Even without perusing the back cover or the synopsis of Michael Devendorf’s DECIDUOUS, from the first chapter readers will already know that the protagonist Sienna is at the funeral of her son Kai, only ten months after she buried another teenage daughter, Kira. All of this is presented on the first two pages–which are the best proof of Devendorf’s talent as a storyteller. Even though the reader knows that her two children are dead and Sienna is very much alive, the author manages to keep things interesting for another 43 chapters (and 300 pages), telling a story that chronologically happened just before Kai’s funeral, exploring the past of Sienna and her husband Jordan–how they met, the secrets in their past, and the two tragedies that took place in such a short time span.
DECIDUOUS resembles the best of Stephen King, especially his work from the 1980s. When the protagonist begins to suspect that a century-old tree in the backyard may be responsible for the death of her children, the story enters the field of horror fantasy. There’s even a menace that spans generations, like “It”, since the mystery involves a treehouse built by Sienna’s husband when he was a child. As soon as the author establishes the possibility of a supernatural threat, in the form of a giant tree, the reader is immediately seduced by the concept. Yes, it sounds absurd and maybe familiar (read M.R. James’s ghost story “The Ash-Tree”, or see William Friedkin’s film “The Guardian”). But at the same time, readers will be intrigued by how this unexpected menace will be developed – and how Sienna will be able to convince the skeptical people around her (the husband, the police) that it’s real.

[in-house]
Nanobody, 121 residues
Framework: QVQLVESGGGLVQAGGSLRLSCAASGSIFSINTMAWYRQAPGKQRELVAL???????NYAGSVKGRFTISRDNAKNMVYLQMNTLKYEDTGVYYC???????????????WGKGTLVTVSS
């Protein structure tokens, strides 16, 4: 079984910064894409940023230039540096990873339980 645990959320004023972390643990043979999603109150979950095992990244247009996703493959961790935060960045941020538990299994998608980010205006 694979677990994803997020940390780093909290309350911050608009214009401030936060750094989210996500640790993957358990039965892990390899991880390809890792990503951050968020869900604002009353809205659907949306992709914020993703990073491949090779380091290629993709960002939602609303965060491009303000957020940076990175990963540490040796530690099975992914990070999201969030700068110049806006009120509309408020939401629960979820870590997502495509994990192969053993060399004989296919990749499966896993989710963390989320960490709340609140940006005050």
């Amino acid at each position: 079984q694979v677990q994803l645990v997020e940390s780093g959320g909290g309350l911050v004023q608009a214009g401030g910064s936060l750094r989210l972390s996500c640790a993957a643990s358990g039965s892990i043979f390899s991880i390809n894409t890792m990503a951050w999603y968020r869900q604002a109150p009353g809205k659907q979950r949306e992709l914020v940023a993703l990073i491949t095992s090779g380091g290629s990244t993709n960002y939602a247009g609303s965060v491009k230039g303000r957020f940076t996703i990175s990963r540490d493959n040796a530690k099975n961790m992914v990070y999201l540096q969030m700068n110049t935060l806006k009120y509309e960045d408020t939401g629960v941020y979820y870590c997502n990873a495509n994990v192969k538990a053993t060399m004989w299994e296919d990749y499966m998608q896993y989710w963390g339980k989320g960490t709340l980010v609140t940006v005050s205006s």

Unfortunately, the conclusion of DECIDUOUS is a little frustrating. The author begins to resort to plot twists that try to replace a supernatural concept for a more realistic and physical threat. He uses most of the book to present an absurd but interesting idea, but then he seems to suddenly regret it and desperately tries to return to “real life” in the final act, which may leave some readers feeling cheated. Otherwise the story manages to perfectly balance drama and mystery with some touches of horror and fantasy (there are, of course, nightmares and hallucinations along the way). There are even lyrical similes: a loose coat that resembles “a tiny piece of chewed bubble gum”, the police tape carried by the wind “like a kite’s tail”, and so on. Although some things are resolved too easily, Devendorf keeps the reader’s attention from the first page to the last.
Michael Devendorf’s DECIDUOUS manages to perfectly balance drama and mystery with touches of horror and fantasy in a book that suggests the skills of a veteran storyteller.
~Felipe M. Guerra for IndieReader